We don’t need Moore depravity in UNC system

As the UNC system searches for its next president, one particular name has emerged as a potential candidate: N.C. House Speaker Tim Moore.

At a recent meeting of the UNC system Presidential Search Committee, former UNC Board of Governors Chairman Harry Smith said the committee’s goal is to select a president who can serve for five to 10 years. But a decade with Tim Moore at the helm of public higher education across North Carolina could have disastrous consequences. Frankly, it’s hard to imagine anything worse.

The next UNC system president must be virtuous, with a reputation of reaching across the aisle and building credibility with political opponents. Moore has shown countless times, however, that compromise and integrity are not his strong suits.

Moore is certainly not unfamiliar with the UNC system — he graduated from UNC-Chapel Hill in 1992, and became the youngest person to be appointed to the Board of Governors in 1997.

During his time at UNC, Moore served as speaker of Student Congress, and his tenure was nothing short of controversial. Moore attempted to defund the Carolina Gay and Lesbian Association during Student Summer Congress, when many members were absent. He appointed 11 representatives to Summer Student Congress without the full body’s approval, a move that appeared to violate the Student Code.

Moore could be the perfect choice for UNC system president — if you’re looking to uphold the status quo of political turmoil and moral turpitude that have plagued the UNC system since its inception. One of the biggest problems with the UNC system is the uncomfortably close relationship that its leadership enjoys with the Republican-controlled General Assembly. Granted, Moore may not be the reason the system is broken, but he most certainly benefits from its corruption..

Being president of the entire UNC system is an incredibly important job. We can, and must, do better than an openly partisan, morally corrupt career politician.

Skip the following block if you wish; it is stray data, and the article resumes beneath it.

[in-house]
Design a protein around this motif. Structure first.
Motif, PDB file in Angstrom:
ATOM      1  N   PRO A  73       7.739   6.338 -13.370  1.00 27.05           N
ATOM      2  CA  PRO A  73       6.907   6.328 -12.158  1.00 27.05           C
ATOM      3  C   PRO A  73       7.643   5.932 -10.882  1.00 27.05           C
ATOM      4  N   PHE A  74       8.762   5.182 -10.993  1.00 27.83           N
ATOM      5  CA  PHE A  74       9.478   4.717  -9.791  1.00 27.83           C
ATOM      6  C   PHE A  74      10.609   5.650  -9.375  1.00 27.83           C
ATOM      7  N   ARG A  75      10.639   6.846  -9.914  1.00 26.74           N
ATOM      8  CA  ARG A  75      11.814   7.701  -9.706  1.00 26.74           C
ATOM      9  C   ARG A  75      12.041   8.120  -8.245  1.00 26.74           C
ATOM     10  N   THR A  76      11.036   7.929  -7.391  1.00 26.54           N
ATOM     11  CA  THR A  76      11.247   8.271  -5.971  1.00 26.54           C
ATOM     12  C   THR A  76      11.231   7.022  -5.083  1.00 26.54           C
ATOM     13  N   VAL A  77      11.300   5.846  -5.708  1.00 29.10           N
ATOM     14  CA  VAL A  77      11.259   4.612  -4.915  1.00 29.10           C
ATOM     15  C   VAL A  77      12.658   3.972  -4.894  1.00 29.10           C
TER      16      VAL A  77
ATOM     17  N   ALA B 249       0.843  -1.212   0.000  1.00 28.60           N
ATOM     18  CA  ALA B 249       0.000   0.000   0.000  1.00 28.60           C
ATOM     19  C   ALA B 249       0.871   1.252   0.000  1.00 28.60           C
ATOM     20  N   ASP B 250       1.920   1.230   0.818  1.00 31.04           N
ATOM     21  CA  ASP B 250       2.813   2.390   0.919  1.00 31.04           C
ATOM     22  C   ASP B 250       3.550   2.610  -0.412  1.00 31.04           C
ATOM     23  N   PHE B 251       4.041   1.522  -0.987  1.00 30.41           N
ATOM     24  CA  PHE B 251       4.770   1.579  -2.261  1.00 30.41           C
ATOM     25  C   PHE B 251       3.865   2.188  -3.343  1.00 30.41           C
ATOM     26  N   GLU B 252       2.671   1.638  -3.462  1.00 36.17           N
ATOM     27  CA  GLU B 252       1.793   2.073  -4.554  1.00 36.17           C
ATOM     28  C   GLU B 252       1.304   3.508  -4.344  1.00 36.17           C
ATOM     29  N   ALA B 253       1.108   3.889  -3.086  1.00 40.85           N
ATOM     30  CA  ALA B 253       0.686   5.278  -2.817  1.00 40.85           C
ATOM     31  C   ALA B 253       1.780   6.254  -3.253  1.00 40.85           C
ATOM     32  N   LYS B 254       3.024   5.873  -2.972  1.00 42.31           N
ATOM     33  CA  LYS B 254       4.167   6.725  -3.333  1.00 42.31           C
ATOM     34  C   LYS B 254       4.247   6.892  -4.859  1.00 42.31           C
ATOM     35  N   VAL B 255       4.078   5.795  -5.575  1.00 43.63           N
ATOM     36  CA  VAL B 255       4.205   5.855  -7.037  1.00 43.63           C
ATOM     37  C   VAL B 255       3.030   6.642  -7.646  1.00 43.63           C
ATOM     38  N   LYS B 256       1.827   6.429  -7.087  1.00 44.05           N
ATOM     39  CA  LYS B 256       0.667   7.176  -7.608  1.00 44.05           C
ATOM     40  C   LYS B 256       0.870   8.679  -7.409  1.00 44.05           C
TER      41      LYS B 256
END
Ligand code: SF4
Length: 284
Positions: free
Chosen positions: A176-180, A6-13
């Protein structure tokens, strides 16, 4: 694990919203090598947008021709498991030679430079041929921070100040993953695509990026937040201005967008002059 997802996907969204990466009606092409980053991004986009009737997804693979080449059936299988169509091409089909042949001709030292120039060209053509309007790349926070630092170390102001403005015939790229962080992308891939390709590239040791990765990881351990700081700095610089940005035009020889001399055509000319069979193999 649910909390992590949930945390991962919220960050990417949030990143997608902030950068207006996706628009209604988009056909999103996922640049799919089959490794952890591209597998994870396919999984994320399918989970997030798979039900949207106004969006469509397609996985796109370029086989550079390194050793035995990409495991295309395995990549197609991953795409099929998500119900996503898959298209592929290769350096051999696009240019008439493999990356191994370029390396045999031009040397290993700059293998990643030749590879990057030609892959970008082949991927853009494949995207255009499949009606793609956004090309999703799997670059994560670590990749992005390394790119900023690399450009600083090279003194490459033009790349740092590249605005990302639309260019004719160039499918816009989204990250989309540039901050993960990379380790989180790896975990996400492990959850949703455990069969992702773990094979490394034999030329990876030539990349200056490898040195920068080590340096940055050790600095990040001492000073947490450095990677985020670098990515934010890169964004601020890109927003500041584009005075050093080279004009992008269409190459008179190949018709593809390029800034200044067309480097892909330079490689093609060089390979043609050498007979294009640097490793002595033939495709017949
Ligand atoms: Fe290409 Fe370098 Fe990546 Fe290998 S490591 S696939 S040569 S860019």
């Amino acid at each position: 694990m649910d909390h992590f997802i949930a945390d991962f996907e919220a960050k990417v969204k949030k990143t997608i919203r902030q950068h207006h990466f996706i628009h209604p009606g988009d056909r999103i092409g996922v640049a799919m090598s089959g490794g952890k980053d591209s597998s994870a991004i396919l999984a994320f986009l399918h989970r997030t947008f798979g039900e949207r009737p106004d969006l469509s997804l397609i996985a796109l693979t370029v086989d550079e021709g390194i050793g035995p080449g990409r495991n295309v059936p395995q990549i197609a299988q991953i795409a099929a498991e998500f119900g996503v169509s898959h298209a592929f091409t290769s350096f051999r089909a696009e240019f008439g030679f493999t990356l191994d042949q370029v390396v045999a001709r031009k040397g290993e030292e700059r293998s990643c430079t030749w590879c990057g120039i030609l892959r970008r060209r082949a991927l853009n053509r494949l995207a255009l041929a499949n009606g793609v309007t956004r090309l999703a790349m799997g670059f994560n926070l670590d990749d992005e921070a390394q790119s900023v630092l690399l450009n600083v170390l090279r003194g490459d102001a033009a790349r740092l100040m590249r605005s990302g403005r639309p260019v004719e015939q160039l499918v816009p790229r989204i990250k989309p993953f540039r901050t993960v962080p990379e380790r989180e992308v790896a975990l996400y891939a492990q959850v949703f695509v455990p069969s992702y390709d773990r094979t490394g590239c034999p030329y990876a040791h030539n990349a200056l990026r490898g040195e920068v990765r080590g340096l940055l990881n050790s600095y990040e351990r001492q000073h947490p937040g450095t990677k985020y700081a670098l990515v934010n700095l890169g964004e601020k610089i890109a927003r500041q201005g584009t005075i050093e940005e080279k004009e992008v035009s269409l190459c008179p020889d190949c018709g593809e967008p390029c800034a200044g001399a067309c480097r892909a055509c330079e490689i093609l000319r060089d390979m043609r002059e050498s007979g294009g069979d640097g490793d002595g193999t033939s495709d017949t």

The Daily Tar Heel at UNC-Chapel Hill

Burr’s itchy Twitter finger

On Tuesday afternoon, the news broke that the NCAA would allow student athletes to profit off of their names and likenesses. U.S. Sen. Richard Burr of North Carolina was relatively quick on the Twitter trigger, suggesting a new law: “If college athletes are going to make money off their likenesses while in school,” he tweeted two hours after the news, “their scholarships should be treated like income. I’ll be introducing legislation that subjects scholarships given to athletes who choose to ‘cash in’ to income taxes.”

We have no opinion yet on the NCAA’s move. But we are not so sure of why, with the many issues facing Americans, this particular issue has gotten Burr worked up.

But we are willing to suggest a better use of his time.

We would like for Burr to get the biggest microphone he can find — and maybe it’s Twitter, after all — and tell the people loudly and repeatedly that the 2020 elections are in grave danger of foreign influence in a way that might even outstrip 2016. We would like for him to tell his Senate colleagues over and over we have not done enough as a nation to protect our almost-sacred right to vote.Voting may not be as sexy a topic as college sports. But it’s more important. And it’s not even close.

Burr himself called the Russian actions “information warfare” and said in a statement the goal of the trolls was to flood social media with false reports, sow division and “breed distrust of our democratic institutions and our fellow Americans.” Republican Burr joined Democrat Mark Warner of Virginia in releasing the report, which calls for legislation that would, among other things, require social media companies to reveal who bought political ads, as TV stations are required to do.

A bill that would make such a change is sitting in the Senate and has not been acted upon. Burr can point that out.

Maybe in his next tweet, and a tweet the next the day?

The Fayetteville Observer

Make sure you never miss our editorials, letters to the editor and columnists. We’ll deliver the News & Record's Opinion page straight to your inbox.

Load comments